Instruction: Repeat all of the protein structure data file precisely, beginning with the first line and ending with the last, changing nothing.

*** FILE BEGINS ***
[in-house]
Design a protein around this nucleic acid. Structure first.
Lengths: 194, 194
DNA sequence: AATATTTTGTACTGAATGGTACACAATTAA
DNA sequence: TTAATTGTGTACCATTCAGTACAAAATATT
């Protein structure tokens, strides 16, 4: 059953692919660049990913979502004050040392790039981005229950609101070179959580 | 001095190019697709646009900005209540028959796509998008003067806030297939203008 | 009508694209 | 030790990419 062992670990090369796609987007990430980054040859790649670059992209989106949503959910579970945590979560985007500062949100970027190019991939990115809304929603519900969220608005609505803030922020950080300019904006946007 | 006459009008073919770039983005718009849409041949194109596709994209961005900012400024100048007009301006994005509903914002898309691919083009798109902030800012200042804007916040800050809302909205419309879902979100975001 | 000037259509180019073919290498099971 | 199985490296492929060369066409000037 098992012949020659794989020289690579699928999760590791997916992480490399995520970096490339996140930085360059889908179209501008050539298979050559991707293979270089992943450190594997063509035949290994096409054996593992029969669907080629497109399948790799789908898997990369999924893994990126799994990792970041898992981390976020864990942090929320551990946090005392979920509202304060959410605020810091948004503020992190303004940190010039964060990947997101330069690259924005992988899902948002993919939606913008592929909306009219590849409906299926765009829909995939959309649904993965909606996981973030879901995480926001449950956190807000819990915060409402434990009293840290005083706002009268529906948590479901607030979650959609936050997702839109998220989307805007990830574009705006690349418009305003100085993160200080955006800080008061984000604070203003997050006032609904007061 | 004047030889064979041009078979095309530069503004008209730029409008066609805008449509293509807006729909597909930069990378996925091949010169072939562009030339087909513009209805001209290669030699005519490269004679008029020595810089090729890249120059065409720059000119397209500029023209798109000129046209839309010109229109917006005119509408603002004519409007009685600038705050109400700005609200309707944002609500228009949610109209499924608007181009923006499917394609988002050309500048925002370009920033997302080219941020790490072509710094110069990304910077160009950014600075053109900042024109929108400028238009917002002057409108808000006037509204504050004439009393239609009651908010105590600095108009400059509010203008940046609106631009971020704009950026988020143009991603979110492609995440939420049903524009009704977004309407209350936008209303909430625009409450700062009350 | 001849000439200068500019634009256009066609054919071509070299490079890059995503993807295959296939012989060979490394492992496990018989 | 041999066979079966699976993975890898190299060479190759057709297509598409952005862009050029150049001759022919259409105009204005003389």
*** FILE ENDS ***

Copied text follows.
[in-house]
Design a protein around this nucleic acid. Structure first.
Lengths: 194, 194
DNA sequence: AATATTTTGTACTGAATGGTACACAATTAA
DNA sequence: TTAATTGTGTACCATTCAGTACAAAATATT
């Protein structure tokens, strides 16, 4: 059953692919660049990913979502004050040392790039981005229950609101070179959580 | 001095190019697709646009900005209540028959796509998008003067806030297939203008 | 009508694209 | 030790990419 062992670990090369796609987007990430980054040859790649670059992209989106949503959910579970945590979560985007500062949100970027190019991939990115809304929603519900969220608005609505803030922020950080300019904006946007 | 006459009008073919770039983005718009849409041949194109596709994209961005900012400024100048007009301006994005509903914002898309691919083009798109902030800012200042804007916040800050809302909205419309879902979100975001 | 000037259509180019073919290498099971 | 199985490296492929060369066409000037 098992012949020659794989020289690579699928999760590791997916992480490399995520970096490339996140930085360059889908179209501008050539298979050559991707293979270089992943450190594997063509035949290994096409054996593992029969669907080629497109399948790799789908898997990369999924893994990126799994990792970041898992981390976020864990942090929320551990946090005392979920509202304060959410605020810091948004503020992190303004940190010039964060990947997101330069690259924005992988899902948002993919939606913008592929909306009219590849409906299926765009829909995939959309649904993965909606996981973030879901995480926001449950956190807000819990915060409402434990009293840290005083706002009268529906948590479901607030979650959609936050997702839109998220989307805007990830574009705006690349418009305003100085993160200080955006800080008061984000604070203003997050006032609904007061 | 004047030889064979041009078979095309530069503004008209730029409008066609805008449509293509807006729909597909930069990378996925091949010169072939562009030339087909513009209805001209290669030699005519490269004679008029020595810089090729890249120059065409720059000119397209500029023209798109000129046209839309010109229109917006005119509408603002004519409007009685600038705050109400700005609200309707944002609500228009949610109209499924608007181009923006499917394609988002050309500048925002370009920033997302080219941020790490072509710094110069990304910077160009950014600075053109900042024109929108400028238009917002002057409108808000006037509204504050004439009393239609009651908010105590600095108009400059509010203008940046609106631009971020704009950026988020143009991603979110492609995440939420049903524009009704977004309407209350936008209303909430625009409450700062009350 | 001849000439200068500019634009256009066609054919071509070299490079890059995503993807295959296939012989060979490394492992496990018989 | 041999066979079966699976993975890898190299060479190759057709297509598409952005862009050029150049001759022919259409105009204005003389």